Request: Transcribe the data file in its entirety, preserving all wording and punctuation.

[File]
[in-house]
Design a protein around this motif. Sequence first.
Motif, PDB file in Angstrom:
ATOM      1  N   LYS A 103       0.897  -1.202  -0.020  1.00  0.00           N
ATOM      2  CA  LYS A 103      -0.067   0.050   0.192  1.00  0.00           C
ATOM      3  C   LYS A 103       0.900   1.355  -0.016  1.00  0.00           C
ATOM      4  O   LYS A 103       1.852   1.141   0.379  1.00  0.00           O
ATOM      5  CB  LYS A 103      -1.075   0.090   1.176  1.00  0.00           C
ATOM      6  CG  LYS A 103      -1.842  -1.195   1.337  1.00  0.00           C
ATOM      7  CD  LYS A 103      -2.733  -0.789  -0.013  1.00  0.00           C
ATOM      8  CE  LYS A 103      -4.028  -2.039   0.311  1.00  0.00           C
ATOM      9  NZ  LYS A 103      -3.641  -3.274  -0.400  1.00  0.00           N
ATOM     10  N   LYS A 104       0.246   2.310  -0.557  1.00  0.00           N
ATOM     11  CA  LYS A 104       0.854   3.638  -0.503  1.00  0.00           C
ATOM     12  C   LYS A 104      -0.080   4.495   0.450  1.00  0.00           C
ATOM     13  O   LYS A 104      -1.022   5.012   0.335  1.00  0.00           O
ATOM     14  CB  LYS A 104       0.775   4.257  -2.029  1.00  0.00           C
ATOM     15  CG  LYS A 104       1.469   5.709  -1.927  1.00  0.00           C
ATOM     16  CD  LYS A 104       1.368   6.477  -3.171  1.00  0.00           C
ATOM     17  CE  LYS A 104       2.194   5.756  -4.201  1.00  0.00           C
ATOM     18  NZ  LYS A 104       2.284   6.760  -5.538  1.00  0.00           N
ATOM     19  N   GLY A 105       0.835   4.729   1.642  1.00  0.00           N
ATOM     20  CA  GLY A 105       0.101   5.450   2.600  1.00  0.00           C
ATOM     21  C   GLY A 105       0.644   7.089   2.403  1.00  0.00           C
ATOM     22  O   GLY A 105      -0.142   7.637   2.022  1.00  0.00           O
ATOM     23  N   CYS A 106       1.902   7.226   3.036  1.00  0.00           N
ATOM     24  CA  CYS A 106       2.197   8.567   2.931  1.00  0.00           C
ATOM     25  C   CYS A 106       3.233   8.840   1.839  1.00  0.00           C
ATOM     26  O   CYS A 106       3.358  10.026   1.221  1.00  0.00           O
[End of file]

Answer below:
[in-house]
Design a protein around this motif. Sequence first.
Motif, PDB file in Angstrom:
ATOM      1  N   LYS A 103       0.897  -1.202  -0.020  1.00  0.00           N
ATOM      2  CA  LYS A 103      -0.067   0.050   0.192  1.00  0.00           C
ATOM      3  C   LYS A 103       0.900   1.355  -0.016  1.00  0.00           C
ATOM      4  O   LYS A 103       1.852   1.141   0.379  1.00  0.00           O
ATOM      5  CB  LYS A 103      -1.075   0.090   1.176  1.00  0.00           C
ATOM      6  CG  LYS A 103      -1.842  -1.195   1.337  1.00  0.00           C
ATOM      7  CD  LYS A 103      -2.733  -0.789  -0.013  1.00  0.00           C
ATOM      8  CE  LYS A 103      -4.028  -2.039   0.311  1.00  0.00           C
ATOM      9  NZ  LYS A 103      -3.641  -3.274  -0.400  1.00  0.00           N
ATOM     10  N   LYS A 104       0.246   2.310  -0.557  1.00  0.00           N
ATOM     11  CA  LYS A 104       0.854   3.638  -0.503  1.00  0.00           C
ATOM     12  C   LYS A 104      -0.080   4.495   0.450  1.00  0.00           C
ATOM     13  O   LYS A 104      -1.022   5.012   0.335  1.00  0.00           O
ATOM     14  CB  LYS A 104       0.775   4.257  -2.029  1.00  0.00           C
ATOM     15  CG  LYS A 104       1.469   5.709  -1.927  1.00  0.00           C
ATOM     16  CD  LYS A 104       1.368   6.477  -3.171  1.00  0.00           C
ATOM     17  CE  LYS A 104       2.194   5.756  -4.201  1.00  0.00           C
ATOM     18  NZ  LYS A 104       2.284   6.760  -5.538  1.00  0.00           N
ATOM     19  N   GLY A 105       0.835   4.729   1.642  1.00  0.00           N
ATOM     20  CA  GLY A 105       0.101   5.450   2.600  1.00  0.00           C
ATOM     21  C   GLY A 105       0.644   7.089   2.403  1.00  0.00           C
ATOM     22  O   GLY A 105      -0.142   7.637   2.022  1.00  0.00           O
ATOM     23  N   CYS A 106       1.902   7.226   3.036  1.00  0.00           N
ATOM     24  CA  CYS A 106       2.197   8.567   2.931  1.00  0.00           C
ATOM     25  C   CYS A 106       3.233   8.840   1.839  1.00  0.00           C
ATOM     26  O   CYS A 106       3.358  10.026   1.221  1.00  0.00           O